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The Invasion of the Jellyfish

The Oskarshamn nuclear power plant in Sweden had to shut down one of its reactors last week due to jellyfish clogging the cooling system pipes. Jellyfish come in all sizes and shapes, and although some species are deadly, they are usually not the concern of anyone who doesn't live on the coast. But recently, jellyfish blooms have been causing a lot of headaches for industries all over the world.

Oskarshamn-like disturbances are happening all over the world. Throngs of jellyfish have disrupted power generation everywhere from Muscat to Maryland, from South Korea to Scotland. Things are worse in the fishing business, where blooms have wiped out billions of dollars in earnings over the last few decades. They’re also a nightmare for fishermen, who must contend with bursted nets and clogged trawl lines. Japan’s now-annual bloom of Nomura jellyfish, which each grow to be the size of large refrigerator, capsized and sank a 10-ton trawler when the fishermen tried to haul up a net full of them.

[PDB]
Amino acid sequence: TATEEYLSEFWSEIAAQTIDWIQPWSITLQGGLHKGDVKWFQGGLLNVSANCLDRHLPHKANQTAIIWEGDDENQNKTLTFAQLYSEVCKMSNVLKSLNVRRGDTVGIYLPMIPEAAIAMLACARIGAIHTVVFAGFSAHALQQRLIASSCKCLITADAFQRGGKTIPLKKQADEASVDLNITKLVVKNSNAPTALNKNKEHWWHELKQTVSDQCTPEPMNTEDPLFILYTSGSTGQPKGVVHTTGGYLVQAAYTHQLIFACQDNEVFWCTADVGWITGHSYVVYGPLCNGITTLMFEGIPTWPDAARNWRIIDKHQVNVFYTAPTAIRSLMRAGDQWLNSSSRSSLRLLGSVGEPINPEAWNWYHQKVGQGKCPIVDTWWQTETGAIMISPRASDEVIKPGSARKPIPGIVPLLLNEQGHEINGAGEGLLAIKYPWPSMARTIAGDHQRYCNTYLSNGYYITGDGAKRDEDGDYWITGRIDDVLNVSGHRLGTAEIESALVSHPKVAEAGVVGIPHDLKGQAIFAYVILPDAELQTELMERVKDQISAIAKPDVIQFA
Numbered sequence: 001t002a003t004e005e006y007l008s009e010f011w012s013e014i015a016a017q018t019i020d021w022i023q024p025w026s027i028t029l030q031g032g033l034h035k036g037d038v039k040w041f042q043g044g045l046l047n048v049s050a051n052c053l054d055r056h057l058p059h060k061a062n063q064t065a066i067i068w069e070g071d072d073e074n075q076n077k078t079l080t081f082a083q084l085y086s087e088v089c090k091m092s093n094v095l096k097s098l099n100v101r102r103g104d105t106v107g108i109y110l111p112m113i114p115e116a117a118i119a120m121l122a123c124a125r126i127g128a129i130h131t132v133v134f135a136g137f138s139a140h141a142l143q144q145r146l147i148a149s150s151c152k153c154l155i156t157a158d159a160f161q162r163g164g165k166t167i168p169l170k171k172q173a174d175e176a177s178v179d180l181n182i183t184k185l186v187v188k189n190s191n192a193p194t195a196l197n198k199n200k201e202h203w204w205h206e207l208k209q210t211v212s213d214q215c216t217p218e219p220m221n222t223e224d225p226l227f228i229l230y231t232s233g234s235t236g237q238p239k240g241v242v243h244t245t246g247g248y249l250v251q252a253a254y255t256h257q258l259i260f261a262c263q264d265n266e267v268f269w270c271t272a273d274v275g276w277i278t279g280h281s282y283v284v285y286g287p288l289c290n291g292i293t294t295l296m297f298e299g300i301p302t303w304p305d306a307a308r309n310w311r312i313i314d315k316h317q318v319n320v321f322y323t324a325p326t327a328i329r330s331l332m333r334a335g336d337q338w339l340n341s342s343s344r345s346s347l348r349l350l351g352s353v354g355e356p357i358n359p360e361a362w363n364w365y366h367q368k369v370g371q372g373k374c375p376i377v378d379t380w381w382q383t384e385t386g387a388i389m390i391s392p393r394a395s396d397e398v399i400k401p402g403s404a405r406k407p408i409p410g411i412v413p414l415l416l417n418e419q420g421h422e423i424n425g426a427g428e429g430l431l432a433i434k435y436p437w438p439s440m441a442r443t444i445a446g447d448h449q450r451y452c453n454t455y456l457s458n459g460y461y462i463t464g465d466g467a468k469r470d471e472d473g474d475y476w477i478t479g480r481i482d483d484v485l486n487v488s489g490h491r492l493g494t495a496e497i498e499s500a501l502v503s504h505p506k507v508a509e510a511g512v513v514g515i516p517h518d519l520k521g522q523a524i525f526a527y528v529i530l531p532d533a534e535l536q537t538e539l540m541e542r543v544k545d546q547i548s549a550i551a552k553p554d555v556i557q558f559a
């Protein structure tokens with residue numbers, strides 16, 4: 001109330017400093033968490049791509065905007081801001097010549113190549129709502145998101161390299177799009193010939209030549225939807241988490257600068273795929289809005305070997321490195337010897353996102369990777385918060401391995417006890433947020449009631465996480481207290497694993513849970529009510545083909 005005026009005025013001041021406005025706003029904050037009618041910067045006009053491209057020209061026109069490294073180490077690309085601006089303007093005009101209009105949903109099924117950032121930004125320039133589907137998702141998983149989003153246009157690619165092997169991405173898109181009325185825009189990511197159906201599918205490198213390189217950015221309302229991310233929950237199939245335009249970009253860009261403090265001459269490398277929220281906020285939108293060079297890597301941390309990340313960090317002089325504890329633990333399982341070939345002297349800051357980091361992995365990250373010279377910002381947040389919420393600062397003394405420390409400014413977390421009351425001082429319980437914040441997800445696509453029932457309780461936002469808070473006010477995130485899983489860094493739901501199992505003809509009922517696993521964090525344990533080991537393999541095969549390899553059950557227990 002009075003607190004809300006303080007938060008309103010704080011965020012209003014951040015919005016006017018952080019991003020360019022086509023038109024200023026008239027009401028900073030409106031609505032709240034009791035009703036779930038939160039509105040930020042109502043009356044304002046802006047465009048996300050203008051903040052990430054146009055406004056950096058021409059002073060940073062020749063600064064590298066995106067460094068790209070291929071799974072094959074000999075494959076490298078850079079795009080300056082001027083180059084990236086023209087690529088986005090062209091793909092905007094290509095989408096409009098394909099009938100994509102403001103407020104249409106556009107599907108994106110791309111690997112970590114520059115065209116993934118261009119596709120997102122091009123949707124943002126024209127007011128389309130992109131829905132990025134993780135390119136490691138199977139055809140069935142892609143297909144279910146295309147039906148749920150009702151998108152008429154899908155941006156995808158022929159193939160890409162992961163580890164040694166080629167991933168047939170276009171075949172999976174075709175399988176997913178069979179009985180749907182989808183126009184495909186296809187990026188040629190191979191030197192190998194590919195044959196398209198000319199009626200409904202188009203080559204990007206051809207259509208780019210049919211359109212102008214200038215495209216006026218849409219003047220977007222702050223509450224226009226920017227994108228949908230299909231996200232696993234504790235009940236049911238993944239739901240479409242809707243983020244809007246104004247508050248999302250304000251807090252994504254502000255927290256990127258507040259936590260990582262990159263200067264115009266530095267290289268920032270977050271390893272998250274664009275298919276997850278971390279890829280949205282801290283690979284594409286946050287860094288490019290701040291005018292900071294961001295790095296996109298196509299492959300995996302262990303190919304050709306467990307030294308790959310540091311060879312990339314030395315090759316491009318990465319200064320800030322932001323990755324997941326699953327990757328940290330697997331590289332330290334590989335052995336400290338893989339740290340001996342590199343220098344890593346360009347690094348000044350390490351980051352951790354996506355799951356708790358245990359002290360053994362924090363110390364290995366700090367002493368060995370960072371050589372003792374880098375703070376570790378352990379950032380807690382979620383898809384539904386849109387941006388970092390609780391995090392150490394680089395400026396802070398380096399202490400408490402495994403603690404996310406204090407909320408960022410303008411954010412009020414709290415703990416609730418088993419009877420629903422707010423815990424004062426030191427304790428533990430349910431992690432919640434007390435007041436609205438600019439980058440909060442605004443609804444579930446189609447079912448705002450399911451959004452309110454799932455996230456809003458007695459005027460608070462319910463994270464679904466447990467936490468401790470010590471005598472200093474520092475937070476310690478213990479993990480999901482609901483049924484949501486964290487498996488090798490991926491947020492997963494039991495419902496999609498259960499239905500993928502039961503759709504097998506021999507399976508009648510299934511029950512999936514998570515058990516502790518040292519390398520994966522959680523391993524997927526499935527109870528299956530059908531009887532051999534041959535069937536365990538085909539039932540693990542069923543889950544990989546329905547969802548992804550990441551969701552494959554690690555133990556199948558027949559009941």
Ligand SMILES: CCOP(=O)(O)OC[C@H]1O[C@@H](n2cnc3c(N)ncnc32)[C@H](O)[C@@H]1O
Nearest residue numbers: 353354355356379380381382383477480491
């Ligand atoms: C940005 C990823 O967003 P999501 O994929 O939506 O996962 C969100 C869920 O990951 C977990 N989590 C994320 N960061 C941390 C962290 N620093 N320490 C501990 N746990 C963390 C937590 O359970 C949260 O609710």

Tourism has taken a hit, too. This summer, a pileup of a million jellyfish along a 300 kilometer (186 miles) swath of Mediterranean coastline shortened swimming season for hundreds of thousands of tourists on beach holidays, reports The Guardian. Some 150,000 people are now treated for jellyfish stings in the Mediterranean each summer.

Fighting jellyfish blooms is is difficult undertaking for the same reasons that fighting cartain fictional movie monsters is difficult: they have no brains and therefore no fear, they are often invisible, they eat everything in sight, and they reproduce like crazy. In fact, if you cut one particular species, you are actually encouraging it to reproduce. Scientists believe the jellyfish populations are exploding because of overfishing and pollution. The problem is that once the jellyfish are released from the constraints of the natural food chain, they damage that food chain even further -and it may be too late to stop it. Read more about how jellyfish are taking over the world at Quartz. -via the Presurfer

(Image credit: Flickr user Stuart Richards)


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